Right now I’m working on a few projects. This cast is part of a sculpture called “A Dream Deferred.” A concrete block is going to rest on top of a beautiful cloudscape built from fabric, in a big billowing form. This weight is literally going to rest on it, the title, the Langston Hughes poem, is talking about how the exterior forces will try to limit you by saying wait or don’t as a way to stop you reaching towards the sky.
Some poetic stuff, some more overt stuff, some conceptual stuff. There are these freedom bricks I’m developing, another piece in process called “Land of the Free.” My goal is to lay out this floor form of nearly 300-400 white bricks. Each has the word freedom falling into it. I was thinking about where we are today, there are many freedoms that are disintegrating. Our country was supposedly founded on these freedoms for all people but that’s obviously not the case. This installation would be this walkway of whiteness that is presenting who the freedoms were for.
There’s an internal contradiction about the labor, and who would actually put down the infrastructure and early foundations. The enslaved people that worked for our freedoms.
If somebody wants to go see your work, where can they go?
Right now you can find out more directly from my website. I participate in City-Wide Open Studios and am always trying to make connections and show around town.
Where do you hope this takes you? What do you hope either the day job, studio time? What does the journey look like do you think?
I’ve been questioning that a lot lately, because I want to be free to make my work full time. By 50, I hope to be in a professor position. Well established, continued my practice and develop a name for myself internationally and then be able to influence the minds of college aged students.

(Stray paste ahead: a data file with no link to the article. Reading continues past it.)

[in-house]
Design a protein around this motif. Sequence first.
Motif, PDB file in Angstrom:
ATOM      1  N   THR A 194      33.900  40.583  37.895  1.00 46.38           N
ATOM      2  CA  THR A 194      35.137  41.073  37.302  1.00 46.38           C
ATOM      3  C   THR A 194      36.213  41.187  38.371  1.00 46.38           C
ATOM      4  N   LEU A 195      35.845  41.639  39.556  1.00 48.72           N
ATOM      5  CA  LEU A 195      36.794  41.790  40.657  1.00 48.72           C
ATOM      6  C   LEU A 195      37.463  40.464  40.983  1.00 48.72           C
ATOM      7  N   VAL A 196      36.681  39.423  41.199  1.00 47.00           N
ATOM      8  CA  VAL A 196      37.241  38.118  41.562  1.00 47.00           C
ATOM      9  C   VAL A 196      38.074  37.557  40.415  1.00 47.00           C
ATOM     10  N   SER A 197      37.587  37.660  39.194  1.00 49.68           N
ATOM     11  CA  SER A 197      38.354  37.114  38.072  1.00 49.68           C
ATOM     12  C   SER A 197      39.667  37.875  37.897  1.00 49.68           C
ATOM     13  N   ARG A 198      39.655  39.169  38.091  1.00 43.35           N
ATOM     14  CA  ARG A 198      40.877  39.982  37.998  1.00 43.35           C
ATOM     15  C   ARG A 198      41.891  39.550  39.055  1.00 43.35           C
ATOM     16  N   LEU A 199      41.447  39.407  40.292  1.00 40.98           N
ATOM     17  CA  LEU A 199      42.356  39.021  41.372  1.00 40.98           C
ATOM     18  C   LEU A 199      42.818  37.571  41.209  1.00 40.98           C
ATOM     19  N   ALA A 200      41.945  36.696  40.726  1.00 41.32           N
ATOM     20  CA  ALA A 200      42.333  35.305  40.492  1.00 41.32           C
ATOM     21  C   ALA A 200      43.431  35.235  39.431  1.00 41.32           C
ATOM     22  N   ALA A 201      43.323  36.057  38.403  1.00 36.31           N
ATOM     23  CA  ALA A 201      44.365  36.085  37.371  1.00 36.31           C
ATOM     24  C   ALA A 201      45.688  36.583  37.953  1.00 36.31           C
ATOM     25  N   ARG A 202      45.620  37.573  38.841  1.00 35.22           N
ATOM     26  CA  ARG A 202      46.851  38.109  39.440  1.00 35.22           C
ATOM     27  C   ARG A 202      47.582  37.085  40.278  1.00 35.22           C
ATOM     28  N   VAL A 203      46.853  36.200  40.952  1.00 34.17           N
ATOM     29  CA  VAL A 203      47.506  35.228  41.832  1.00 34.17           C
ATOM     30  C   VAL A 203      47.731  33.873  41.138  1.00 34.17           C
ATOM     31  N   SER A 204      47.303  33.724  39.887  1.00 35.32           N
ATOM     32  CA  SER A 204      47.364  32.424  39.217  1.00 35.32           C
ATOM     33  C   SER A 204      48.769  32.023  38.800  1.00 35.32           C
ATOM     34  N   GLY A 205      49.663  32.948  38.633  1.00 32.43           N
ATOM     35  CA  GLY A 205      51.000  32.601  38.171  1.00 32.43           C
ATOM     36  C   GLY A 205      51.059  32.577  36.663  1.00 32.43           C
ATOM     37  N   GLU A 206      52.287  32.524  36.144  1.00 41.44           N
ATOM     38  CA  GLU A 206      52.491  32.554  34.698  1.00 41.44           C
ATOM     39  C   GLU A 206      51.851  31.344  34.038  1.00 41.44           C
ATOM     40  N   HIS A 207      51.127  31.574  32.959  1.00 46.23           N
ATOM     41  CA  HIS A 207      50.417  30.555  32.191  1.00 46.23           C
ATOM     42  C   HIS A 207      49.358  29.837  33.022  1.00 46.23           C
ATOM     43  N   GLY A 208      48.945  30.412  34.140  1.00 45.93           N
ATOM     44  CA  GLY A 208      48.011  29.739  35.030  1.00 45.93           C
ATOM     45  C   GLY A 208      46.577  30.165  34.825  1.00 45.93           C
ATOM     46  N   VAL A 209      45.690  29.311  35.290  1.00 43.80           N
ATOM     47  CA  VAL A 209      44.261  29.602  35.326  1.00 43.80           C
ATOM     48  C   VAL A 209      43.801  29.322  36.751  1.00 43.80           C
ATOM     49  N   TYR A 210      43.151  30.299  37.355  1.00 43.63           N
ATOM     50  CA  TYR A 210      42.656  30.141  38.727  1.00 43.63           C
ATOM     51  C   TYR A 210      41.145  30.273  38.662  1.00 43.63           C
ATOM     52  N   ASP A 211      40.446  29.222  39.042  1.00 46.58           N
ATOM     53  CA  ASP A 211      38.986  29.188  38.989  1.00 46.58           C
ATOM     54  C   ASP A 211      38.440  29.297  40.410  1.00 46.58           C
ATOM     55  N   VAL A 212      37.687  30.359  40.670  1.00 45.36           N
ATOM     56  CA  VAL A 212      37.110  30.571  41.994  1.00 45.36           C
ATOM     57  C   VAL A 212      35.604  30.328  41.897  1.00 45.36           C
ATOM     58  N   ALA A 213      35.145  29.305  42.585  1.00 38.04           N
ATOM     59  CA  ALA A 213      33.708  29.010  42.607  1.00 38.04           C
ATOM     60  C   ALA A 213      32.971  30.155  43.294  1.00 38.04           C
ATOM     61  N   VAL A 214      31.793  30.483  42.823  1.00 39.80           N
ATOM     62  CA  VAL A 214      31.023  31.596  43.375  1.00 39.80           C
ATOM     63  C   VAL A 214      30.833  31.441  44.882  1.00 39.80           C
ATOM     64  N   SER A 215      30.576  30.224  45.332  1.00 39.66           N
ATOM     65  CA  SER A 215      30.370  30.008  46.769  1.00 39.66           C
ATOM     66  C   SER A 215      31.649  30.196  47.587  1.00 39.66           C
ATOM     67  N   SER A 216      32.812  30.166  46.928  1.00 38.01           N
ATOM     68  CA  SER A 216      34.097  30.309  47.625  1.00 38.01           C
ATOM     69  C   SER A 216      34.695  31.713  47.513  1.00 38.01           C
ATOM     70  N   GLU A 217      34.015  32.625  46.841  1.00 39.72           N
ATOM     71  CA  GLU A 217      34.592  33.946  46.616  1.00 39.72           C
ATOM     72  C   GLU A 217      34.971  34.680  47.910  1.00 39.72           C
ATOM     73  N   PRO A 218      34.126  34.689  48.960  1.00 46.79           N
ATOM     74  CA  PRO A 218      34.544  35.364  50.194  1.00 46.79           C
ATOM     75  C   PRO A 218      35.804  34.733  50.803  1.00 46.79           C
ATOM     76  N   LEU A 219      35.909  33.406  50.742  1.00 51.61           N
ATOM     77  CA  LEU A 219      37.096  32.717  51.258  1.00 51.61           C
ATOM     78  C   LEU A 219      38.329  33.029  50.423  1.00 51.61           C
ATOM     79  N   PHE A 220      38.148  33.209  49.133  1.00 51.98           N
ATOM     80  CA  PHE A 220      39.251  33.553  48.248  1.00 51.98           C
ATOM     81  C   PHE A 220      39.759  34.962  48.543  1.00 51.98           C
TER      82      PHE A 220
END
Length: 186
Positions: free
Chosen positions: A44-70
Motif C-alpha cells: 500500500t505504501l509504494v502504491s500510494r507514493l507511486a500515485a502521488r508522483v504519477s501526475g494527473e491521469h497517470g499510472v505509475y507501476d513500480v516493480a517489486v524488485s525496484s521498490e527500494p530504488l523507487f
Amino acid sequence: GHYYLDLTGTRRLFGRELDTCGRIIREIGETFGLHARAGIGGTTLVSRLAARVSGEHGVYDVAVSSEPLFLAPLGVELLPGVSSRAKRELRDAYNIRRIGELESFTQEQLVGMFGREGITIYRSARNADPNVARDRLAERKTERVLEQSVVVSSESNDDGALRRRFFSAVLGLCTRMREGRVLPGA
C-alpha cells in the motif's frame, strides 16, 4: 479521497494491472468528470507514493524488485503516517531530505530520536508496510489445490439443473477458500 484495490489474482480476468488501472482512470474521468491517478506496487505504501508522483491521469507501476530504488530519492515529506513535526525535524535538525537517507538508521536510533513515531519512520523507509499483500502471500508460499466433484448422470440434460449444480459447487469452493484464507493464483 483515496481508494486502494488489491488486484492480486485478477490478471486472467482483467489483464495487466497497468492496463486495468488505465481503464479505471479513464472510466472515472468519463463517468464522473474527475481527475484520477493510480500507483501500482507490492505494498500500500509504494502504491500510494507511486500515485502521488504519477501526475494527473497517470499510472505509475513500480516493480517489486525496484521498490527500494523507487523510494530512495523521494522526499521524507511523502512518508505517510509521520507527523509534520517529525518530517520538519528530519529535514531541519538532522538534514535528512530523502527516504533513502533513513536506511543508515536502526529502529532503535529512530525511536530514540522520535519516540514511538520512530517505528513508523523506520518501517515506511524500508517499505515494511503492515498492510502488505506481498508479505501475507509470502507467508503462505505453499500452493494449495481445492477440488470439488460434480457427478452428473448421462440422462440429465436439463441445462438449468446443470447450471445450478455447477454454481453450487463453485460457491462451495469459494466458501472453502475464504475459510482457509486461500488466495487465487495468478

It was in my undergrad training that I really began to take this art stuff seriously and the impact that it could have I want to work with young people and motivate them to use their voice to say something. Use their hands to make something. Use their art to do something.
Why New Haven?
I’m born and raised in New Haven. I’ve been here and I’ve never gotten tired of it. This scene is really poppin’. It’s really bubbling with so many creatives, so many opportunities to connect and network with people that are doing amazing projects.
I love New Haven for its highs and its lows. There’s literally a very full experience of the human spectrum here. We have Yale University and we have neighborhoods of richness with so much culture to experience.
I don’t want to just compare Yale and neighborhoods. They are just two facets. And they intertwine. There are some walls, but there are some bridges and tunnels too.
For sure. I think you’re right though about walls too. That’s something i’ve noticed after beginning to work at Yale, how much it has a relationship or doesn’t with neighborhoods.
Actually at the YCBA, they have some connection with New Haven Public Schools that every student will visit the museum at least twice between K-8. I visited it when I was little, and now I work there. There’s this whole cycle of growth.
So much to explore. So much to learn.
Anything else you want to add?
I just want to add, that New Haven is poppin’. I know I said it. But it’s poppin’.